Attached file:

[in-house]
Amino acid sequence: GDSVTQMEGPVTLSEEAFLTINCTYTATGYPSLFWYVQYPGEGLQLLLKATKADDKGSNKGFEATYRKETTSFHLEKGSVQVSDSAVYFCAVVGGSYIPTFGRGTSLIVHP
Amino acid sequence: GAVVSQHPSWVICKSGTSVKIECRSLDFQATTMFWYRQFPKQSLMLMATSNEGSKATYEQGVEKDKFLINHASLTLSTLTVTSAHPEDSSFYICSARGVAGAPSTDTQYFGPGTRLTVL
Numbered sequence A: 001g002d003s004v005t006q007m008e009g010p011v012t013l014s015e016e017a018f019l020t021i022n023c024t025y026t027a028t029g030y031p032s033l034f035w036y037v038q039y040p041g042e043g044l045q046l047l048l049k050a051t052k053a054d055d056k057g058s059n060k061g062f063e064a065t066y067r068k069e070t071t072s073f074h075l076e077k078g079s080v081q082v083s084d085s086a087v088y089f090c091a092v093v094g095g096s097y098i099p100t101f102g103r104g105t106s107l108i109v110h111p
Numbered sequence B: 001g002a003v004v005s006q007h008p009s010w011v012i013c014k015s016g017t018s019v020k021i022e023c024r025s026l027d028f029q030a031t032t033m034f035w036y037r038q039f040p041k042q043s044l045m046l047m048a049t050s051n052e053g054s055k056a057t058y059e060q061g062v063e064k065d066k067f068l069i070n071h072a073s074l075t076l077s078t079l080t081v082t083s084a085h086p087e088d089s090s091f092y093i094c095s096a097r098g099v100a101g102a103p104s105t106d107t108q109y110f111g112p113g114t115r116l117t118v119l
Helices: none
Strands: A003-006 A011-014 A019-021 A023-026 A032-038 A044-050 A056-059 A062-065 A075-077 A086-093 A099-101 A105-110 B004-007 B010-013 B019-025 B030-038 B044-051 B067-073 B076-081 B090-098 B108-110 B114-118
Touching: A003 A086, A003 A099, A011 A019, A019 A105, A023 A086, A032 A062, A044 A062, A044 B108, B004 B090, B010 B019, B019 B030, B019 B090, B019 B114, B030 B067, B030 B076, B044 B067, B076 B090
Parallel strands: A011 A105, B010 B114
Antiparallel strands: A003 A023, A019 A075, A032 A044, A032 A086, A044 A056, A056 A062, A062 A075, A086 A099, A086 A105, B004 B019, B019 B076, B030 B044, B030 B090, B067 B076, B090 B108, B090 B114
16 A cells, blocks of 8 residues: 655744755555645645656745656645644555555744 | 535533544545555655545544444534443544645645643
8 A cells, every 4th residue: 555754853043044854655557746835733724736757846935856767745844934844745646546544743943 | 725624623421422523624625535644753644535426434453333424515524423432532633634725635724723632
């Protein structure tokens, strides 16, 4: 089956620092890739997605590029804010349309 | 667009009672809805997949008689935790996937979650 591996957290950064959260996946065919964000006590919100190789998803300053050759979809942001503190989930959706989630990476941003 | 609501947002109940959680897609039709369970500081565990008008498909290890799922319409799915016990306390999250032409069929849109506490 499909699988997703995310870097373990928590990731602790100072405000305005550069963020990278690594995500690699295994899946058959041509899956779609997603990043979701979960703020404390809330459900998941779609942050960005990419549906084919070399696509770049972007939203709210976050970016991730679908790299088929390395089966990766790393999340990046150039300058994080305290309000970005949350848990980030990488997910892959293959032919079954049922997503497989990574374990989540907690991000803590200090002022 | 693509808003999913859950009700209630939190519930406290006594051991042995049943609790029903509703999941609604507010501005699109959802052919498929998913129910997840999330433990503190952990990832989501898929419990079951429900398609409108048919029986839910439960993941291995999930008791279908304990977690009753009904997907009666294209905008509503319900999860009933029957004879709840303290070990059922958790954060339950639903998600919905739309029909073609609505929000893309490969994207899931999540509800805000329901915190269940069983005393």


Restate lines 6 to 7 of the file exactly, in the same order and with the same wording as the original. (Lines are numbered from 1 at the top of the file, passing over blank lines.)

Helices: none
Strands: A003-006 A011-014 A019-021 A023-026 A032-038 A044-050 A056-059 A062-065 A075-077 A086-093 A099-101 A105-110 B004-007 B010-013 B019-025 B030-038 B044-051 B067-073 B076-081 B090-098 B108-110 B114-118